iconimg Wednesday, September 02, 2015

Shailesh Gaikwad, Hindustan Times
Nagpur, December 22, 2012
The Comptroller and Auditor General (CAG) on Friday slammed the civic body for increasing the cost of road projects in Mumbai and spending an additional Rs. 702 crore of the taxpayers’ money without following procedure.

“This has not only violated the Mumbai Municipal Act and the directives circulated by the Brihanmumbai Municipal Corporation, but it has also deprived it of the benefit of competitive rates,” the CAG remarked in its report on local government bodies, which was presented to the state legislature on Friday.

The CAG scrutinised road works between December 2009 and October 2011, and the Sena-BJP ruled BMC was severely criticised for the poor state of the city’s roads during this period.

HT has been consistently reporting on the sorry state of the city’s roads, the shoddy road work carried out by civic contractors and the irregularities in handing out contracts in its ongoing series, ‘Mumbai’s pothole horror’.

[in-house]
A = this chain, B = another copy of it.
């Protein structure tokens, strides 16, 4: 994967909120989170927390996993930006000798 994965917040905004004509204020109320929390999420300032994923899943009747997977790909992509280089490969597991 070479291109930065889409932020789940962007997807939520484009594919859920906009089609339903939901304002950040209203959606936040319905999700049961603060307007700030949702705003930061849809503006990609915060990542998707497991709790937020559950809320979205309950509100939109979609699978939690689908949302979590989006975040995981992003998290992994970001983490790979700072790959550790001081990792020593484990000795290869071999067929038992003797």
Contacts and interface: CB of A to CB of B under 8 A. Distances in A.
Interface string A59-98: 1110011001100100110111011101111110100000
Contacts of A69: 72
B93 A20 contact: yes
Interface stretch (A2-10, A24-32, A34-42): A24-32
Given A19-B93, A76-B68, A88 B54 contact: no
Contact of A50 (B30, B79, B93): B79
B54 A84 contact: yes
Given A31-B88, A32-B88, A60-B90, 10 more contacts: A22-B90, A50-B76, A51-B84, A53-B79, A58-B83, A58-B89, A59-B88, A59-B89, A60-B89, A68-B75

The audit scrutiny has revealed that roadwork contracts originally worth Rs. 1,160 crore were increased to Rs. 1,863 crore without inviting fresh tenders, which is mandatory.

The BMC raised the cost of 30 of 46 cement-concrete roads by Rs. 469 crore and 29 of 42 asphalt roads by Rs. 233 crore, and awarded these additional contracts to the same contractors.

The increased cost, called variation, was 62% for cement-concrete roads and 57% for asphalt roads, the report said.

Responding to the CAG’s objections, the BMC had in November explained that the cost variations were because the scope of work had increased as elected representatives wanted to improve roads in their constituencies.

It also said that because of time constraints, it had been difficult to invite fresh tenders so the additional work was given to existing contractors. The CAG, however, refused to accept this justification and pointed out that the concerned BMC department should have planned to include all roadworks after reviewing the demands of elected representatives.

“The urgency for taking up work as variation to original cost was not justified,” the CAG said.

The BMC also faced flak for the way it handles road maintenance. The CAG report expressed unhappiness over the wasteful expenditure of Rs. 2.34 crore of taxpayers’ money on buying pothole-filling machines.

“As the machines are not used, the investment of Rs2.34 crore became idle with a liability of Rs. 52 lakh towards maintenance for two years.”